Agar Powder Is The Vegan Ingredient To Use In Place Of Egg Whites

A dish and spoonful of agar powder next to a cup of agar jelly
A dish and spoonful of agar powder next to a cup of agar jelly - New Africa/Shutterstock

For vegans looking for a replacement that can offer an animal-free substitute for eggs in baking recipes, agar comes to the rescue. Sticky egg whites help bind ingredients together like glue, and plant-based agar offers an alternative when making creamy mousses, thick puddings, custardy recipes, and even foamy cocktails that call for the inclusion of egg whites. Also known as agar-agar, the ingredient is derived from various red seaweeds. As the seaweed is boiled, a gummy liquid seeps out into the water and is placed aside. It is then dehydrated to become agar.

The nifty gelatin and egg white substitute can be found in either powdered or flake form -- but be sure to look for food-grade agar and not the type used for culturing bacteria in laboratories. Packed with calcium, iron, folate, and fiber, agar gives egg whites a run for their money, as the ingredient is low in calories yet dense in micronutrients. When using it in recipes, the powdered form must first be dissolved in water. Bakers then let the mixture rest before warming it, whisking the combination, refrigerating it, and whipping it yet again before adding it to recipes that call for egg whites.

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Agar Is A Handy Inclusion For Vegan Recipes

package of Eden agar flakes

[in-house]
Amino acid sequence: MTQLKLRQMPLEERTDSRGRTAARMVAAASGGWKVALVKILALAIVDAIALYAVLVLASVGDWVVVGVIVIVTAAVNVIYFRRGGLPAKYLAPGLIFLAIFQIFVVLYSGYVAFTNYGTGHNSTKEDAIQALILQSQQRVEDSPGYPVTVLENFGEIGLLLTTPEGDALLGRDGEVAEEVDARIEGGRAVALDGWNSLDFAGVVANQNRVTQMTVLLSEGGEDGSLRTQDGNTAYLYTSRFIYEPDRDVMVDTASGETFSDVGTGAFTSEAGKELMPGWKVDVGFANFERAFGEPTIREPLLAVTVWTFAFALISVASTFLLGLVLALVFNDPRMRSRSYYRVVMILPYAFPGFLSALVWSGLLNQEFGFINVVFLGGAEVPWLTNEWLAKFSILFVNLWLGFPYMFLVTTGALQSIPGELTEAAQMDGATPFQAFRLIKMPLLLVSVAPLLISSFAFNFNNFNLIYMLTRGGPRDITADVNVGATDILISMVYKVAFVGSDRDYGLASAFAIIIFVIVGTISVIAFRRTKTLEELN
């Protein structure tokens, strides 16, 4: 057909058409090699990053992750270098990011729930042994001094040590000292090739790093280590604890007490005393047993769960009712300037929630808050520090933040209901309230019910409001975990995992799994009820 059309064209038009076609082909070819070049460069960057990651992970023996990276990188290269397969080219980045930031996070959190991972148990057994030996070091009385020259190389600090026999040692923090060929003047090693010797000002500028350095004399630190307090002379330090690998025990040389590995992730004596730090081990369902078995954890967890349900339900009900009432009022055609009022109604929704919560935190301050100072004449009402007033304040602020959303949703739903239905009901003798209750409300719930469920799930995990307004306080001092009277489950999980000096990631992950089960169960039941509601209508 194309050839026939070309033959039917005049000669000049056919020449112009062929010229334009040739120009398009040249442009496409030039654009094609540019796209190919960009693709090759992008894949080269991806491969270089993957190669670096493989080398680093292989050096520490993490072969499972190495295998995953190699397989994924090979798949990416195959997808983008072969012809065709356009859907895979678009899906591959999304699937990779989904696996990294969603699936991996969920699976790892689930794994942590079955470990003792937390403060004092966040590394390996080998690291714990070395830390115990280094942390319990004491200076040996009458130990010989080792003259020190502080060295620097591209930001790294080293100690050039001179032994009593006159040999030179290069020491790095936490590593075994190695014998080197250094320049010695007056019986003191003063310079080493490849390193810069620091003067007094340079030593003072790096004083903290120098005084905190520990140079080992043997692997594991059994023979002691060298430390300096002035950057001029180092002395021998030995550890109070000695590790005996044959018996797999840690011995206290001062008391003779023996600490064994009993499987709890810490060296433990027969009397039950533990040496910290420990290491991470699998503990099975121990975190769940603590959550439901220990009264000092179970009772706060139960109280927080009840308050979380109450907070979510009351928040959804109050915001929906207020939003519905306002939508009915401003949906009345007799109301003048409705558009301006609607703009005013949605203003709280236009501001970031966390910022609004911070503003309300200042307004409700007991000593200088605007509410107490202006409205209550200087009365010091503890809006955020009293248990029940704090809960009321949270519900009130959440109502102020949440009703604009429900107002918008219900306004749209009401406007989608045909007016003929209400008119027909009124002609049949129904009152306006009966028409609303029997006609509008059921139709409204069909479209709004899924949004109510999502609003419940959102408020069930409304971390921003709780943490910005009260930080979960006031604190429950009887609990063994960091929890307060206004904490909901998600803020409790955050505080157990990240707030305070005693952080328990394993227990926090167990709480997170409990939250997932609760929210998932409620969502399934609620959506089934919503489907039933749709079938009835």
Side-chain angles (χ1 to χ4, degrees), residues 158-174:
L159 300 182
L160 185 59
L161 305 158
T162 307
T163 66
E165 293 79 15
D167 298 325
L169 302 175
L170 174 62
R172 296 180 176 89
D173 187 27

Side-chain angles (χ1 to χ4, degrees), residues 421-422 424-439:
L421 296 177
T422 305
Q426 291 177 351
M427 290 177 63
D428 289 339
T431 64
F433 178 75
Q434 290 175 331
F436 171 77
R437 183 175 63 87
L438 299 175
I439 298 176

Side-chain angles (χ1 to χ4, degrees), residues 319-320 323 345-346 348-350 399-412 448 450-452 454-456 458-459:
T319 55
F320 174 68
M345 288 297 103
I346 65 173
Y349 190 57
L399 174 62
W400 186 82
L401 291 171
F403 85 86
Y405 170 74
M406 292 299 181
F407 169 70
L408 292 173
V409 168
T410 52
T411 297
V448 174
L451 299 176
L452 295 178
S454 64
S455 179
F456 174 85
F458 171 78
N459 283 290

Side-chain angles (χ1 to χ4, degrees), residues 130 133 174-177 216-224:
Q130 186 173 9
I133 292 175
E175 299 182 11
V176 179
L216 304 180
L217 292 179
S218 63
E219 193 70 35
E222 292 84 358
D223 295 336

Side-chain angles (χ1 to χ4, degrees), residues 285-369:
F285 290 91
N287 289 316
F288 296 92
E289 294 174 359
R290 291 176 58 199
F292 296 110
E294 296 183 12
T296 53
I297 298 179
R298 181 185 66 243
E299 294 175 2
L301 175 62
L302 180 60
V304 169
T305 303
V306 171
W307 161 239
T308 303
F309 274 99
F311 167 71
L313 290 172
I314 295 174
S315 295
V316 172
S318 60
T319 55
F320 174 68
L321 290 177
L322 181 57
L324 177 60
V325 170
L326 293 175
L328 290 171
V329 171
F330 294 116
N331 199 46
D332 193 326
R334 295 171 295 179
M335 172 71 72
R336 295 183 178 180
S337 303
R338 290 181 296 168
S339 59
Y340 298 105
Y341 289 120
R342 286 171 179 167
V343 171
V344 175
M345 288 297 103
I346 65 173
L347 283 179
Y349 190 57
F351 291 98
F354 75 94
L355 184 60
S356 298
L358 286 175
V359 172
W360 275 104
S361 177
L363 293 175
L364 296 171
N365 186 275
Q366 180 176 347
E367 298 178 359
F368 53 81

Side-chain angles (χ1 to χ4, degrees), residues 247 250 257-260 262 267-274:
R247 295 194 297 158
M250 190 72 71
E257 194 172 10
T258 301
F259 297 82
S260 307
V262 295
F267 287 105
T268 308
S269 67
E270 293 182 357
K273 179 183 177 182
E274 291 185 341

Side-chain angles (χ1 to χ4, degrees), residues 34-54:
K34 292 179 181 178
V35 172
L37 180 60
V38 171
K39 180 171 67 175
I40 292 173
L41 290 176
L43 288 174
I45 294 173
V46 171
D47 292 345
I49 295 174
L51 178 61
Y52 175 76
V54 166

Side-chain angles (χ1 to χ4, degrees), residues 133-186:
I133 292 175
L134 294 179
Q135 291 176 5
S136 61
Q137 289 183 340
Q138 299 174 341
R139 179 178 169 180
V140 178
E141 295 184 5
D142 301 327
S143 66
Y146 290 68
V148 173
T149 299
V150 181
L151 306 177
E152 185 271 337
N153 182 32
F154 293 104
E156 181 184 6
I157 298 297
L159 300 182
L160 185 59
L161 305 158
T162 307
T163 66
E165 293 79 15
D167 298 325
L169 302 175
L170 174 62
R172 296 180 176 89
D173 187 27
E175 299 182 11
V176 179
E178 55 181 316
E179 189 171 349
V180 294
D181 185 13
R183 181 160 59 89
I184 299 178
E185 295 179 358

package of Eden agar flakes - Eden

The discovery of agar was a rumored 17th-century mistake involving a discarded seaweed jelly dish in Japan. A frozen piece had thawed out, leaving behind a powdery substance that offered the materials for an additional supply to make edible jelly. Nowadays, agar is a tricky ingredient to source, however, as producing it requires harvesting it from a specific (and limited) environment where the seaweed grows, it cannot be farmed, and it must be collected by divers or found after it is washed up on shore. As a result, you can expect to pay more for it than you would for eggs -- though a little goes a long way in most recipes.

So, the next time you have homemade marshmallows or custardy desserts in mind and are catering to a vegan crowd, remember to stash some agar powder in your cupboards for convenient use. What's more, agar offers texture without adding any flavor, color, or aroma. A spoonful of the dry ingredient can quickly build up weak soups or runny-looking sauces. For Jell-O fans, the ingredient can also stand in for gelatin, and placing a teaspoon of powdered agar into any cup of liquid will make a dense jelly. For cooks wanting a bit more control without turning recipes into quick jelly, less intense agar flakes (pictured) can also be used instead of the powdered form.

Read the original article on Tasting Table.